So you’ve done it. You’re in college now. Many of you probably feel nervously excited, anxious, or perhaps gleeful about your newfound independence. A lot stands ahead in the next few years.
Even as a recent McDaniel graduate, I have realized that the world, McDaniel, and I have all changed to a surprising extent since my first move-in day. Looking back, there is a lot I wish I could have told myself and understood – so I would like to offer current students, first-years, and even upperclassmen some advice about how to make the most of college.
As a McDaniel student, you have a special opportunity to shine at a smaller school. Here, your efforts will be more easily noticed, you’ll be able to see more familiar faces—for better or for worse—and you’ll be closely connected to opportunities within the college community.
However, it is challenging starting out at a new place, especially if you’re like me and arrived here knowing no one. In this situation, a good first step is to get involved in extracurricular activities. It’s important to find one that feels natural, as many can feel forced. This process can take time – finding a calling and social group isn’t easy. For example, I initially joined the Free Press and didn’t intend to stay, but it eventually became a source of opportunity, how I met many friends, and a major source of pride.
As you settle in, remember to keep challenging yourself. Ultimately, one of the major goals of a liberal arts education is to cultivate the self and develop deep thinking skills. It helps tremendously when you go above and beyond just passing your classes.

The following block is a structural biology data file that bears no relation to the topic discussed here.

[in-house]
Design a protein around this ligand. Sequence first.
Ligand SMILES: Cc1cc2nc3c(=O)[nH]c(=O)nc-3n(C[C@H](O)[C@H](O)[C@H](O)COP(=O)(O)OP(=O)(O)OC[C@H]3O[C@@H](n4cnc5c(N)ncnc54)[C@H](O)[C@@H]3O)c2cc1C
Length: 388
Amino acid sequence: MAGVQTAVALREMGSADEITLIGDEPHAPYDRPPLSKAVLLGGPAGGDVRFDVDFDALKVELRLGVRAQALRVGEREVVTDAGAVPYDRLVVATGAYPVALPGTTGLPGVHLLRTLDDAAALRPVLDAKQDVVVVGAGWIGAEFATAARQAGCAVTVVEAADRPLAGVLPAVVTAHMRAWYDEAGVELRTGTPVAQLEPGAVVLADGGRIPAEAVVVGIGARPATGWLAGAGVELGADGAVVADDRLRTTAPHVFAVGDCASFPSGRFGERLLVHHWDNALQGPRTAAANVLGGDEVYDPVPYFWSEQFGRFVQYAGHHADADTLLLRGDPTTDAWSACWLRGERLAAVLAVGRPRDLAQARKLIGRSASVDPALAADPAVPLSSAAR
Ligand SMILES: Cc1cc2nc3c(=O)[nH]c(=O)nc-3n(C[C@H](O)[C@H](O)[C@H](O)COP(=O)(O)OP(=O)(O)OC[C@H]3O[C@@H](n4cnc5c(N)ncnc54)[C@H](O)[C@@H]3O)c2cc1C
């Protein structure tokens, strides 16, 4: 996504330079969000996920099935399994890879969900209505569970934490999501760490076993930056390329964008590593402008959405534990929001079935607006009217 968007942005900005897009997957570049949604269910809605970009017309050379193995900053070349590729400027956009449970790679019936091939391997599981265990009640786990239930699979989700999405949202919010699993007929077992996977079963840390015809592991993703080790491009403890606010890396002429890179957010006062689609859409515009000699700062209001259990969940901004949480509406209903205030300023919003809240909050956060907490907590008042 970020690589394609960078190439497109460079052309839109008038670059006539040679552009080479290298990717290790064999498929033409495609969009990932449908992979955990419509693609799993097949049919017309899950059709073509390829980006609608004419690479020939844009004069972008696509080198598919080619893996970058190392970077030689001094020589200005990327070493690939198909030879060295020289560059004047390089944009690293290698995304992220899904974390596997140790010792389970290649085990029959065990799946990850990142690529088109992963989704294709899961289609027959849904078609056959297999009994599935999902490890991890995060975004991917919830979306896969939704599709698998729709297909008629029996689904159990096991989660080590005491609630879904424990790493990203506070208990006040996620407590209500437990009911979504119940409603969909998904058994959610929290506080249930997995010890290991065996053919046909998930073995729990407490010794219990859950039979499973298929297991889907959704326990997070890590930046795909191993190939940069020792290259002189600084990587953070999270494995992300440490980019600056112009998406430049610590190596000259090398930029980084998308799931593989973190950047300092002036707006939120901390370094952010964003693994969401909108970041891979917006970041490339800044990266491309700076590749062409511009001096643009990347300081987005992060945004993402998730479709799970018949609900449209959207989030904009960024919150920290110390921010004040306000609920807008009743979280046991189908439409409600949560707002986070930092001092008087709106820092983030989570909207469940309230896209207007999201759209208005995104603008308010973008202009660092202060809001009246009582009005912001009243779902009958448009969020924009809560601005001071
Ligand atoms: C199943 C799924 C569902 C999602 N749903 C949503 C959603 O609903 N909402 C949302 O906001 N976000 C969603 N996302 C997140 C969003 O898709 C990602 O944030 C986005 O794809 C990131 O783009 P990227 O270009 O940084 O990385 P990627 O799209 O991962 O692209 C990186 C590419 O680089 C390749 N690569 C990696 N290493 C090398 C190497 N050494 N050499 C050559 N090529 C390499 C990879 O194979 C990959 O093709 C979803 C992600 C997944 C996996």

If you have difficulty deciding what to study and pursue professionally, don’t force this either. Allow for some academic exploration—perhaps by taking classes in new disciplines for McDaniel Plan credits—and see what excites you or peaks your interest. Campus involvement can also do this – I picked up a journalism minor due to my activity with the Free Press, even when I was already majoring in history and minoring in Spanish.
As you begin to find your calling (and even if it’s not coming easily), it can be helpful to begin engaging in forms of professional development. Overt self-promotion during my studies didn’t come easily, but anyone can benefit from familiarity with this process – this definitely would have helped me in the weeks after graduation. Carefully monitor the internet for opportunities you might be interested in and start getting yourself out there. Remember that summer and winter breaks are great times to pursue special opportunities.
Essentially anything you do while in college can be to your immediate and future benefit. Volunteering can be a quick way to build up experience and further explore where you’d like to go in life. Part-time jobs you hold while a student can also have this effect. Again, go out of your comfort zone and pursue opportunities, even if they make you nervous at first or you doubt your ability to succeed. It gets easier with practice.
Of course, in the midst of this you still need to study hard. A considerable degree of your growth will be the direct result of what you learn through coursework. From my experience, sometimes your dorm room is the place you can be most productive, but it’s worth trying the library, empty classrooms, or even random tables around campus – focused environments never hurt.
One last thing: please get enough sleep. When busy, the easiest part of your routine to chip away at is sleep. Sometimes this becomes necessary, but don’t make a habit of it – by my junior year, this contributed to some health problems. I regret not realizing this sooner, but I urge you to save yourself the trouble and get enough sleep.
Overall, it is much more satisfying to leave a campus community you made major contributions to. Even if you only made minor contributions to various organizations throughout your college career, you will still have the satisfaction that you did a great job and can begin to assemble a future from that experience.
Best of luck for a great college experience!
Kyle Parks ’18